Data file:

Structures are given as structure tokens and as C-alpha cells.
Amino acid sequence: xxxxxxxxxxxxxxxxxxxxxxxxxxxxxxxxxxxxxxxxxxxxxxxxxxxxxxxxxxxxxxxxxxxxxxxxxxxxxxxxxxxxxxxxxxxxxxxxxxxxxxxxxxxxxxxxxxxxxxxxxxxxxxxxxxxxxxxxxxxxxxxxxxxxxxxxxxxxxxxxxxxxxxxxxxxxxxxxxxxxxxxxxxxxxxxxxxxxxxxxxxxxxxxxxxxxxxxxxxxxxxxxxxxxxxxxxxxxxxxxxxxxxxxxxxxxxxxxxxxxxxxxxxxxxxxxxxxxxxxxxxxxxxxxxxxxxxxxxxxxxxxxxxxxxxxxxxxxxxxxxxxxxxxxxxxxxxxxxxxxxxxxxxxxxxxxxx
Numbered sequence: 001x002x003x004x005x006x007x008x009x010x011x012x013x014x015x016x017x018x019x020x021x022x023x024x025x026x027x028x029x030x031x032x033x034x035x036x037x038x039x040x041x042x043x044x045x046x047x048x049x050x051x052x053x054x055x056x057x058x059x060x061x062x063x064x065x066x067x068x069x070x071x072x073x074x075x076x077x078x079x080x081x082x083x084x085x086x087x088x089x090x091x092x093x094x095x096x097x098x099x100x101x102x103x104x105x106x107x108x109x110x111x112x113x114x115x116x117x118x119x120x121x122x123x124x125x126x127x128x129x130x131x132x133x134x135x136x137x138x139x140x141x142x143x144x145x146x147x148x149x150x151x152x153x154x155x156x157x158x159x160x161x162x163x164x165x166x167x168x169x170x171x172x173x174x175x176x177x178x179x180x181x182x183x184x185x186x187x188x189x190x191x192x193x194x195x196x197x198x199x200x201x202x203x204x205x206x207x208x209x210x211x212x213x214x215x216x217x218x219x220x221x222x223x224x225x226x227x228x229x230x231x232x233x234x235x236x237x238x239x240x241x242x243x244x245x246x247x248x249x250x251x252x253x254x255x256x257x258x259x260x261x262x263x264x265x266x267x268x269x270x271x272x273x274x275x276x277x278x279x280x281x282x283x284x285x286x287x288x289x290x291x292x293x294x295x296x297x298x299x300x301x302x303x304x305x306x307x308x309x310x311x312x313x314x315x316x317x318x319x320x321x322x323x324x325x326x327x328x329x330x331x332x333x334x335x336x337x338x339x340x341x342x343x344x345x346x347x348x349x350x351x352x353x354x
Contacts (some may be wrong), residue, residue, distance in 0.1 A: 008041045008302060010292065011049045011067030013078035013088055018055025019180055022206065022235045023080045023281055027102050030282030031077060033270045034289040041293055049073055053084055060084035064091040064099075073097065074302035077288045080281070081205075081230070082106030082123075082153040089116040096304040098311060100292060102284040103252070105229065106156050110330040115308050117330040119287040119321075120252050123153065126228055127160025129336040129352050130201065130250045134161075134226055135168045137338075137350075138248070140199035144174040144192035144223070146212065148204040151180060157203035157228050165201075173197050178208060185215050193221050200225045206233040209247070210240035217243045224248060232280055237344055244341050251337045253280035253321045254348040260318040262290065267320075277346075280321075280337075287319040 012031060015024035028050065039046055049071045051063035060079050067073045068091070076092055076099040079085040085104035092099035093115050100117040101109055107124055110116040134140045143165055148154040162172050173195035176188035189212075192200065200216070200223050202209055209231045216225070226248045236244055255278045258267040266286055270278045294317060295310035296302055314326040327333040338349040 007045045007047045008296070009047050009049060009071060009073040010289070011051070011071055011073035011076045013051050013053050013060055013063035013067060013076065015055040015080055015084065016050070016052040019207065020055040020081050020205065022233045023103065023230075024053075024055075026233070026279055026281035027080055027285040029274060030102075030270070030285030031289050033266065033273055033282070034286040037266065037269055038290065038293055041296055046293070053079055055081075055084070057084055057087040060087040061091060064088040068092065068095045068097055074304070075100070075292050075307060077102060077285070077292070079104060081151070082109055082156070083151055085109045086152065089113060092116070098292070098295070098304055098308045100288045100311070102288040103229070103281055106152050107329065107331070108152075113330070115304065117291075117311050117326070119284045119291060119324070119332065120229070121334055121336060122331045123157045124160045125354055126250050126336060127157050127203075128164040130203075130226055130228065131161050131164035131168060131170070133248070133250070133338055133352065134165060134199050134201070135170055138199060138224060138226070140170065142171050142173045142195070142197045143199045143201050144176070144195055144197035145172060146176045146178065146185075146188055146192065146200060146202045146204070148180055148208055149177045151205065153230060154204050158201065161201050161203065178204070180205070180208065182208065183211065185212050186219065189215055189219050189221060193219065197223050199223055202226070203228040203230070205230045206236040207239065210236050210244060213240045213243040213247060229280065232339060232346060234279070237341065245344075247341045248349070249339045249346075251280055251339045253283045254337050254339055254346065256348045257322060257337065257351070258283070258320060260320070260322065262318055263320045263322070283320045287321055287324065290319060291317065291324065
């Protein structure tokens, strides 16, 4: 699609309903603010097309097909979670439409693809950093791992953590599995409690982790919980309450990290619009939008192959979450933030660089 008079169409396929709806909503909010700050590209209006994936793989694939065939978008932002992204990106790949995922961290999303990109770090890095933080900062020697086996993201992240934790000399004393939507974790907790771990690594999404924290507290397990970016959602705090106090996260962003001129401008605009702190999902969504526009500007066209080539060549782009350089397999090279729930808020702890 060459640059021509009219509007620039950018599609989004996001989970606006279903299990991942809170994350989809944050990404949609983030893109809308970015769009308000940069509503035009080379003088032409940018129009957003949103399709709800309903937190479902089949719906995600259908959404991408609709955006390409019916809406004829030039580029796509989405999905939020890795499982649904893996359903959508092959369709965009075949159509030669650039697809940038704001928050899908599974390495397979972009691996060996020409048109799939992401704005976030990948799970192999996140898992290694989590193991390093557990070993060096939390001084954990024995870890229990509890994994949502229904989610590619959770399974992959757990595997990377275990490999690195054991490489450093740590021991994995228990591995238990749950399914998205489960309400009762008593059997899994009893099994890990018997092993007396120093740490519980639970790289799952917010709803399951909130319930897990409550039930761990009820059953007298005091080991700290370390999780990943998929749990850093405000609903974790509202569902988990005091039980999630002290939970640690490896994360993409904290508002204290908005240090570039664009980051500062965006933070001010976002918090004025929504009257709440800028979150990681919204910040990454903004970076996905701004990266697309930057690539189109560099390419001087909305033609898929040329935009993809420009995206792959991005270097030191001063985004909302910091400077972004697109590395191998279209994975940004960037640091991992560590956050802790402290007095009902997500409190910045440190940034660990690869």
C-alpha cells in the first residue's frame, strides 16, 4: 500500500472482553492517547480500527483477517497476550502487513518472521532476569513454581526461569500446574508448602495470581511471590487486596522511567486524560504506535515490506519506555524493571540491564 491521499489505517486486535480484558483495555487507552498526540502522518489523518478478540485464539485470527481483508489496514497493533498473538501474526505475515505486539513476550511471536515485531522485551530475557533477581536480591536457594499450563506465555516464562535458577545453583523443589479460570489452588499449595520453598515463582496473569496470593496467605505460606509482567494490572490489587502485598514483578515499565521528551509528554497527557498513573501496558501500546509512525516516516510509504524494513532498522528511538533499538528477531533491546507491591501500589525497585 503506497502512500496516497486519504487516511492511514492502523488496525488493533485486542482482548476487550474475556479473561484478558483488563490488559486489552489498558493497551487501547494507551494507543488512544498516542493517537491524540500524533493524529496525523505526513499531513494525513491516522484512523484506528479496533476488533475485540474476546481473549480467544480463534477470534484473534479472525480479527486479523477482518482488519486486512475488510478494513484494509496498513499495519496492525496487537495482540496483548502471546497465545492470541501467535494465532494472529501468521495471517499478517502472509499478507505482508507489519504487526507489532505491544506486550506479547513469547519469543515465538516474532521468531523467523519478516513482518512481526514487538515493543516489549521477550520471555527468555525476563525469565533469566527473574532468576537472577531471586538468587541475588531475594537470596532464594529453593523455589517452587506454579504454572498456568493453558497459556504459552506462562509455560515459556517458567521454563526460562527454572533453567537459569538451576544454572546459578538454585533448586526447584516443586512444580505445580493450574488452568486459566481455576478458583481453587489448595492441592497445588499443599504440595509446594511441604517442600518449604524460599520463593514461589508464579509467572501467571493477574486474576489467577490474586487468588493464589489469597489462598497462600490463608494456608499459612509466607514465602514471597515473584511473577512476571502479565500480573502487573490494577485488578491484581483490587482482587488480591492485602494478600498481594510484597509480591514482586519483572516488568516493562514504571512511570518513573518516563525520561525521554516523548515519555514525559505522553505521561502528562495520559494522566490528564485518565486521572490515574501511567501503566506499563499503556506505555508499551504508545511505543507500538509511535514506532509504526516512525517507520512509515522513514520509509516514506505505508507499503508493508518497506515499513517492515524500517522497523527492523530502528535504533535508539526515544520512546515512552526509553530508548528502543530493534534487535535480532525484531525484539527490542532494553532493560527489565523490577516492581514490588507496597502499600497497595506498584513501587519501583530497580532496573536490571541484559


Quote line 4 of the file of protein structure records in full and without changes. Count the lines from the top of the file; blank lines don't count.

Contacts (some may be wrong), residue, residue, distance in 0.1 A: 008041045008302060010292065011049045011067030013078035013088055018055025019180055022206065022235045023080045023281055027102050030282030031077060033270045034289040041293055049073055053084055060084035064091040064099075073097065074302035077288045080281070081205075081230070082106030082123075082153040089116040096304040098311060100292060102284040103252070105229065106156050110330040115308050117330040119287040119321075120252050123153065126228055127160025129336040129352050130201065130250045134161075134226055135168045137338075137350075138248070140199035144174040144192035144223070146212065148204040151180060157203035157228050165201075173197050178208060185215050193221050200225045206233040209247070210240035217243045224248060232280055237344055244341050251337045253280035253321045254348040260318040262290065267320075277346075280321075280337075287319040 012031060015024035028050065039046055049071045051063035060079050067073045068091070076092055076099040079085040085104035092099035093115050100117040101109055107124055110116040134140045143165055148154040162172050173195035176188035189212075192200065200216070200223050202209055209231045216225070226248045236244055255278045258267040266286055270278045294317060295310035296302055314326040327333040338349040 007045045007047045008296070009047050009049060009071060009073040010289070011051070011071055011073035011076045013051050013053050013060055013063035013067060013076065015055040015080055015084065016050070016052040019207065020055040020081050020205065022233045023103065023230075024053075024055075026233070026279055026281035027080055027285040029274060030102075030270070030285030031289050033266065033273055033282070034286040037266065037269055038290065038293055041296055046293070053079055055081075055084070057084055057087040060087040061091060064088040068092065068095045068097055074304070075100070075292050075307060077102060077285070077292070079104060081151070082109055082156070083151055085109045086152065089113060092116070098292070098295070098304055098308045100288045100311070102288040103229070103281055106152050107329065107331070108152075113330070115304065117291075117311050117326070119284045119291060119324070119332065120229070121334055121336060122331045123157045124160045125354055126250050126336060127157050127203075128164040130203075130226055130228065131161050131164035131168060131170070133248070133250070133338055133352065134165060134199050134201070135170055138199060138224060138226070140170065142171050142173045142195070142197045143199045143201050144176070144195055144197035145172060146176045146178065146185075146188055146192065146200060146202045146204070148180055148208055149177045151205065153230060154204050158201065161201050161203065178204070180205070180208065182208065183211065185212050186219065189215055189219050189221060193219065197223050199223055202226070203228040203230070205230045206236040207239065210236050210244060213240045213243040213247060229280065232339060232346060234279070237341065245344075247341045248349070249339045249346075251280055251339045253283045254337050254339055254346065256348045257322060257337065257351070258283070258320060260320070260322065262318055263320045263322070283320045287321055287324065290319060291317065291324065